My most recent post looked at the character arc of your story. By character arc, I mean the trajectory of the character as she evolves from a state in which she has a “character problem” (fear, flaw, lie, misbelief, need) toward a state of solving that problem (truth, self-revelation, essence) or at least more fully understanding it. Look back at that post for some orientation to the big picture.
But here, I’d like to examine how character movement happens at the more minute level. How do you move a character within a scene? Or, put differently, how do you create a consequential scene?
Stories are made of small units. The unit most familiar to people is the scene. But in order to recognize character movement, it helps to break scenes down into even smaller units, known as beats. In story lingo, a beat can refer to a plot point within the larger story (hence the term “beat sheet,” which is a generic outline for your whole story. See Jami Gold, who has created story arc beat sheets for various story structure paradigms.)
But beats can also refer to the smallest unit of story. Robert McKee defines the beat as “an exchange of behavior in action/reaction.”
There’s an action or stimulus, and a character reacts. Then another action to which the character reacts. Each action/reaction constitutes a beat, and a series of them creates a scene.
I might prefer Shawn Coyne’s explanation of beats, though: “A beat is an identifiable moment of change.” That gets closer to explaining the importance and utility of beats. It is through the beats of the scene that you move the character.
(For more disambiguation about the word “beats,” which means multiple things in the world of writing craft, see this: What are beats?)
Story and Story-Unit Structure
The whole story has some structural components to it that you could argue are present at each of the smaller levels. Shawn Coyne talks about the five commandments of story and lists them as 1) inciting incident, 2) complication(s), 3) crisis, 4) climax, and 5) resolution. And Coyne says that all five of these need to be present within every unit of the story. So, just as the story as a whole contains all five, so does each act, and each sequence, and each scene, and each beat.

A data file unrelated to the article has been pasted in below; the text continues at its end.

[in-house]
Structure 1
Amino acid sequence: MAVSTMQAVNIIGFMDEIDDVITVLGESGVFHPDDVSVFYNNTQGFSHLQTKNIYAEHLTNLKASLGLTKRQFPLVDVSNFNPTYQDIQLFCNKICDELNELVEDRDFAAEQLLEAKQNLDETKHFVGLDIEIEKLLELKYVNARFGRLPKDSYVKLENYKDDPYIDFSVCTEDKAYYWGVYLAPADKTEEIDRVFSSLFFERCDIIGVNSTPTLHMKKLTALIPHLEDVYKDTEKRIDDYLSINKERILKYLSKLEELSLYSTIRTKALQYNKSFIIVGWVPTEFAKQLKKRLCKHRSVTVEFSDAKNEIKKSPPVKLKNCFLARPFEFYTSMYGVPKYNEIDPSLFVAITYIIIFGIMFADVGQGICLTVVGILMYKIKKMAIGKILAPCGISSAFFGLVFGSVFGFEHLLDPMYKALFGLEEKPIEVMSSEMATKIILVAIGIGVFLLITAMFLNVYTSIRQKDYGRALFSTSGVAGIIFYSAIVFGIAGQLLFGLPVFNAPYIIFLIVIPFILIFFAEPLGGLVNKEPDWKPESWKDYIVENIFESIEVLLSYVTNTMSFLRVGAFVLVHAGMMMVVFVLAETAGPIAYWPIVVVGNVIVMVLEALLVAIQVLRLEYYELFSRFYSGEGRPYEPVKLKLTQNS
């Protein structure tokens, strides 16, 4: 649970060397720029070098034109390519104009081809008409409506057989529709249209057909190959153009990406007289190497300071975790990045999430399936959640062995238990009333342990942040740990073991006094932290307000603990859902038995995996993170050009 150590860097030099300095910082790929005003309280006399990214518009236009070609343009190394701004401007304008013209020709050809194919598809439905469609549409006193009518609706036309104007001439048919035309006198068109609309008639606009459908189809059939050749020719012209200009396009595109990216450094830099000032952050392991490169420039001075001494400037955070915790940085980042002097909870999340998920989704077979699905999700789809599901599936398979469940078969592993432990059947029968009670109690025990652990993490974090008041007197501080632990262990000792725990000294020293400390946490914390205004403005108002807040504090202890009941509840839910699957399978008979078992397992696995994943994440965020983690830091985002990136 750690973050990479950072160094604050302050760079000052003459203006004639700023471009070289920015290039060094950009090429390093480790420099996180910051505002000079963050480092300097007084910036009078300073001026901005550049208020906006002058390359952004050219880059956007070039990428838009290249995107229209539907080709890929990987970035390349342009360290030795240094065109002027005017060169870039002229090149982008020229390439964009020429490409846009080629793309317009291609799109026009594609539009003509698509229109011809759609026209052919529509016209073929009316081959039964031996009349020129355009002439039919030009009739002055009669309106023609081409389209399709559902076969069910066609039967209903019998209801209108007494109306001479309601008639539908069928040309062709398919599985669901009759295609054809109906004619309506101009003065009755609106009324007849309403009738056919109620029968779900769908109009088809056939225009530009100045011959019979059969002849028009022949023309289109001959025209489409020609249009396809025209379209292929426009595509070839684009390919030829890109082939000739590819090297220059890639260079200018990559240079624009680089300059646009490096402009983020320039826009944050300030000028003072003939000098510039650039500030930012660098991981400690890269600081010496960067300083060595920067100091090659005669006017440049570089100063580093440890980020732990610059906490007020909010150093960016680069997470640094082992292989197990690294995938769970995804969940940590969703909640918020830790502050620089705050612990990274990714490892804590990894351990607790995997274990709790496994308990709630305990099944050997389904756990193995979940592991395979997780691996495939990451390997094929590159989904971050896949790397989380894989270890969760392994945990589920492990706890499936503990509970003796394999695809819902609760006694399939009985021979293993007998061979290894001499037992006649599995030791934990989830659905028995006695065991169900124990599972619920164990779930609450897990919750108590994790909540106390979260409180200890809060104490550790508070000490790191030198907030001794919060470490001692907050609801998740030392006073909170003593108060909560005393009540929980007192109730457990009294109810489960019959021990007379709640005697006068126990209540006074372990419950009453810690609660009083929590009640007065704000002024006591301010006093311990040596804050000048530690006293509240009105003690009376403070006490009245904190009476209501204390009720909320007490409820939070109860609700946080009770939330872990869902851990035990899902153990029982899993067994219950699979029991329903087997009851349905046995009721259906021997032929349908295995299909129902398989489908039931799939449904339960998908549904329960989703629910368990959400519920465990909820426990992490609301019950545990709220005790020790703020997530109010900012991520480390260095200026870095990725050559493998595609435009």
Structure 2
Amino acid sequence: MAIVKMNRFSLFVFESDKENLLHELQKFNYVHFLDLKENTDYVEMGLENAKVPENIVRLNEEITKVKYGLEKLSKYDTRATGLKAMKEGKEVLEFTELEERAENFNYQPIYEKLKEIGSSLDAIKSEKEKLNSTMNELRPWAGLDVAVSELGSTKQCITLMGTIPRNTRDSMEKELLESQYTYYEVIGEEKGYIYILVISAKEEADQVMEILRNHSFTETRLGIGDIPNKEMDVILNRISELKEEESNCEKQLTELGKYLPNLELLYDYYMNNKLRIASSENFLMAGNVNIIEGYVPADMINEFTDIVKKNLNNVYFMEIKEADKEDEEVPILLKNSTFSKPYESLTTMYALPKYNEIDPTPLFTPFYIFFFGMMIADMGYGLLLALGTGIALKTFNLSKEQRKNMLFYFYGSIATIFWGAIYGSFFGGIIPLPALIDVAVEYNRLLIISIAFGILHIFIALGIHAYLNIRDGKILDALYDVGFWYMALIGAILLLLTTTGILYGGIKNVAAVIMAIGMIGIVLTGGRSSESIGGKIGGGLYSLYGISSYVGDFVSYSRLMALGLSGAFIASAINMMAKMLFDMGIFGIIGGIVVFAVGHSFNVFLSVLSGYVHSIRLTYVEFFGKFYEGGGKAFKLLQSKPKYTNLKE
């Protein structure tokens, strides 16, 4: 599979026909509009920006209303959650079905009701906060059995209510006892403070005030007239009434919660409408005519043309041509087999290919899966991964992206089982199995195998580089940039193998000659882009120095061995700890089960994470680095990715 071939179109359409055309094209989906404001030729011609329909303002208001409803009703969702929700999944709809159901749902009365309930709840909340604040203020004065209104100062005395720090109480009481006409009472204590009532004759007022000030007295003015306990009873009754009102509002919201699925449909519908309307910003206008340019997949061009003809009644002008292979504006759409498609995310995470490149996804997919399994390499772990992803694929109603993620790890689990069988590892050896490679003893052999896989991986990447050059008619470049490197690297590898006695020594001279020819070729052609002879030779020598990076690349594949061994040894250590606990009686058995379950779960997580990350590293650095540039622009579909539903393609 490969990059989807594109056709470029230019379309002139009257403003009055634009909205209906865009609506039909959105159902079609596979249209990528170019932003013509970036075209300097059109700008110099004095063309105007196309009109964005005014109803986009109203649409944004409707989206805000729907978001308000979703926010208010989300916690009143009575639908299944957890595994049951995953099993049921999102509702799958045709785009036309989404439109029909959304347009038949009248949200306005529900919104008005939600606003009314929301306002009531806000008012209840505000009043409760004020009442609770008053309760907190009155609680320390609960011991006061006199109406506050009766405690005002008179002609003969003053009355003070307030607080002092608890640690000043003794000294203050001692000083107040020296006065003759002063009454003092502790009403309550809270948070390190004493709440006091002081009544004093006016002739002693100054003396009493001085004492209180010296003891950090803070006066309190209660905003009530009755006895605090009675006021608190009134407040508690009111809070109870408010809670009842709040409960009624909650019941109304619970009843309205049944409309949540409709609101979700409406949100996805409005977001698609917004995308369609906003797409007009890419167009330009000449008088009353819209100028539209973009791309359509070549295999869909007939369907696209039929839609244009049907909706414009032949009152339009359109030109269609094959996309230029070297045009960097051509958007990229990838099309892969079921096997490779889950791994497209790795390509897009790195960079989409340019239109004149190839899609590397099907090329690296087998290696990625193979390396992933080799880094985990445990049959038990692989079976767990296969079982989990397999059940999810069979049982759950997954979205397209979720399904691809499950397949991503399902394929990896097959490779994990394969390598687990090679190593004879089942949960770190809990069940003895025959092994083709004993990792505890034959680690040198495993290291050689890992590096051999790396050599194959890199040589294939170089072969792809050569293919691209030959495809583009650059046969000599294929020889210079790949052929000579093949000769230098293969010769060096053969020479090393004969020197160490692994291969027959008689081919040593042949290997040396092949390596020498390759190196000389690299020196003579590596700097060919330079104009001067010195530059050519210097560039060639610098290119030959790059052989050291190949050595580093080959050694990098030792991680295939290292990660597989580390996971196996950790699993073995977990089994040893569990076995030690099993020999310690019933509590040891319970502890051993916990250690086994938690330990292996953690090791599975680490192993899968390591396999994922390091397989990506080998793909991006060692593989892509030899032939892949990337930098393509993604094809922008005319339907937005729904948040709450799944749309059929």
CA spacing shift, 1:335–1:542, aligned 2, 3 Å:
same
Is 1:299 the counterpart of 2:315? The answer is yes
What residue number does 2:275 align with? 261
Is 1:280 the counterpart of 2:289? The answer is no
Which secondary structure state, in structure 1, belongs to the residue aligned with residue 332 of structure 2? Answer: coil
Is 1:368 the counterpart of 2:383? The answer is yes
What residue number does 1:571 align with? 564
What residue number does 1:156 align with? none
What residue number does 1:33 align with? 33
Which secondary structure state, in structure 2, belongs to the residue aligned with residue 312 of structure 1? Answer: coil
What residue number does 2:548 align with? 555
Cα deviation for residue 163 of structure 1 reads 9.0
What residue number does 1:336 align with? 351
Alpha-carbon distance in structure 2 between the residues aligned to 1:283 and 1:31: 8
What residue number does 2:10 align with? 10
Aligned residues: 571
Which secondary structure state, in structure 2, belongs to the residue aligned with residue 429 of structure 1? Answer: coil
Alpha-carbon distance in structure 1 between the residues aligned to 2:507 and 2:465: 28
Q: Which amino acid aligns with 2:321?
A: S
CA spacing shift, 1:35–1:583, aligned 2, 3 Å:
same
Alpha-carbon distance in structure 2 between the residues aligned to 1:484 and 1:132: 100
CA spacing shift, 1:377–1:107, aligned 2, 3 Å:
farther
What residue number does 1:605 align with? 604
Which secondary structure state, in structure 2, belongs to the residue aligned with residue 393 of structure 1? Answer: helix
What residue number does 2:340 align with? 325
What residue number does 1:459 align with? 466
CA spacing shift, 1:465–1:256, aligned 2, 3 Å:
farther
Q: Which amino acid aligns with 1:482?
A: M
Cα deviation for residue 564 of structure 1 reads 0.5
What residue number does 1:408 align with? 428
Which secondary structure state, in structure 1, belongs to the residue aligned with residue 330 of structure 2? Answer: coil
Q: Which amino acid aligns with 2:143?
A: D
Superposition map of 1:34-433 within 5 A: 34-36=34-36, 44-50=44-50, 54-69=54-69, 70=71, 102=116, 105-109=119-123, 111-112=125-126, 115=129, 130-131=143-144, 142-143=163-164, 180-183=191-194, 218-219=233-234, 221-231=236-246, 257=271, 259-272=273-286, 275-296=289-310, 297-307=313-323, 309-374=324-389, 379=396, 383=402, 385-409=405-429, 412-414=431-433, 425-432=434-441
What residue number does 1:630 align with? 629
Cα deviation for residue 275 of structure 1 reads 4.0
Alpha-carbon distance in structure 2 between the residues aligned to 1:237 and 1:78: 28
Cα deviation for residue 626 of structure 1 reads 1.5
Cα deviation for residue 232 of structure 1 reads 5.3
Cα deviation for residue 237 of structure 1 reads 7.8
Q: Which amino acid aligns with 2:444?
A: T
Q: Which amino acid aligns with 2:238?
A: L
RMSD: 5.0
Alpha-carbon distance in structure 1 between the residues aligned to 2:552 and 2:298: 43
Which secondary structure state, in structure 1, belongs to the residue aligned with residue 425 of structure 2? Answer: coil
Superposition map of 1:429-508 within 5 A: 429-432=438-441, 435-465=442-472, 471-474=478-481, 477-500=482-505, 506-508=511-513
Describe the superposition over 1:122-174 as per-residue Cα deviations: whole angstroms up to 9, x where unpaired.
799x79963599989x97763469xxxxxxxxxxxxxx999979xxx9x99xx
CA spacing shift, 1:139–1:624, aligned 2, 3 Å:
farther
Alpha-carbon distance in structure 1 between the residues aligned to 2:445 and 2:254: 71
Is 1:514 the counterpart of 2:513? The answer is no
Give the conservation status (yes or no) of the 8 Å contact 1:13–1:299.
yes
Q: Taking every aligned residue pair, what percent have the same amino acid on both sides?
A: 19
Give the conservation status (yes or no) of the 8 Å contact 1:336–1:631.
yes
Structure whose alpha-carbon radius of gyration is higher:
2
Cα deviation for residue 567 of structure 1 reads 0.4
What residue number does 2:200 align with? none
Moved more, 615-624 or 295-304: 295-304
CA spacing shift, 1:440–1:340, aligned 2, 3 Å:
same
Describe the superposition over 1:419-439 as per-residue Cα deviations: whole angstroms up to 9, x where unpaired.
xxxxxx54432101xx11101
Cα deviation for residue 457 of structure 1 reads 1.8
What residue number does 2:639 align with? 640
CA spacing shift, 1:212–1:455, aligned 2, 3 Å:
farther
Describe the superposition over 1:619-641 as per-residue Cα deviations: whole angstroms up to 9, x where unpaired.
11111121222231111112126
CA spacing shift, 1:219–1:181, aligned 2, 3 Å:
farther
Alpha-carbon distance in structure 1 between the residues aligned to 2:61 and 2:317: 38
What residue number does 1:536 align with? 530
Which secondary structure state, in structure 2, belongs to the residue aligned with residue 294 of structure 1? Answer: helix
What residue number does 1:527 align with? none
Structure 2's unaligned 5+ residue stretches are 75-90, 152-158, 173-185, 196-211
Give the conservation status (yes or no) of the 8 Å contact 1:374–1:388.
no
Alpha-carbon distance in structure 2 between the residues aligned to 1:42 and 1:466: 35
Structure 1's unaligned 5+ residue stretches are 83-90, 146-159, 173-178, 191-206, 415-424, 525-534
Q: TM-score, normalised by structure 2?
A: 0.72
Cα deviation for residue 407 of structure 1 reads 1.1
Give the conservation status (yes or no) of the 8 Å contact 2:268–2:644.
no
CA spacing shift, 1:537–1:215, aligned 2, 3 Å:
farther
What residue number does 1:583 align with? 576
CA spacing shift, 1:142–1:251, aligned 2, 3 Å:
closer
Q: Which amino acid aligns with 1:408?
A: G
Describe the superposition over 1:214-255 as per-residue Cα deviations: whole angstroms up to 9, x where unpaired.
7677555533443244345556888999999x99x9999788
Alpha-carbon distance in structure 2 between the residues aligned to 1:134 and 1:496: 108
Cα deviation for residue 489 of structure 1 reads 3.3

Now, I quibble a little with this at the beat level. I don’t think it’s all that productive to look for all five when you get down to the beat. I understand the argument that they’re all there, but they’re often a bit elliptical.
I’m borrowing that term, elliptical, from my grammar nerd lexicon. There’s a thing called an elliptical clause. An example would be the underlined section of this sentence: While running for the bus, I dropped my books.
You see, a clause is, by definition, a subject-verb pairing. But in that underlined half of the sentence above, there doesn’t appear to be a subject and verb. What that clause is actually stating, however, is this: “While I was running for the bus, I dropped my books.” So it is, in fact, a dependent clause.
The most common kind of elliptical clause is this one: I am taller than you. What’s missing? The verb. We understand that the speaker or writer of that sentence means, “I am taller than you are.”
A lot of beats are similarly elliptical. You can usually see an inciting incident and a resolution, but the complication, crisis, and climax are sometimes just as invisible as the verbs in the above elliptical clauses.
So I propose this: a beat = a disturbance and a shift. That’s all.
There’s a stimulus—usually a conflict or a problem—and that “disturbance” results in a small shift for the character.
Take a look at the following passage. It’s from Book 1 of the Beyond the Spiderwick Chronicles series. I’ve been reading it to my kids, and this scene really had them gripped.
Nick is the POV character, and he and his new stepsister, Laurie, stumble upon a literal giant.
In the passage, I’ve separated each beat with a different color of text. Read the passage, and then afterwards, I’ll identify the disturbance and shift for you.
Black eyes blinked slowly in the sandy soil. A massive swell curled into a fist. Roots ripped loose where vast limbs had been half-buried. The ground split and an enormous creature rose from it. Laurie screamed. The sound snapped Nick out of stunned staring and into action.
He ran toward his bike. As he threw one leg over the frame, he looked back.
The hill was standing, towering over them. It was wider than their house. Taller than the cranes that towered over the construction site.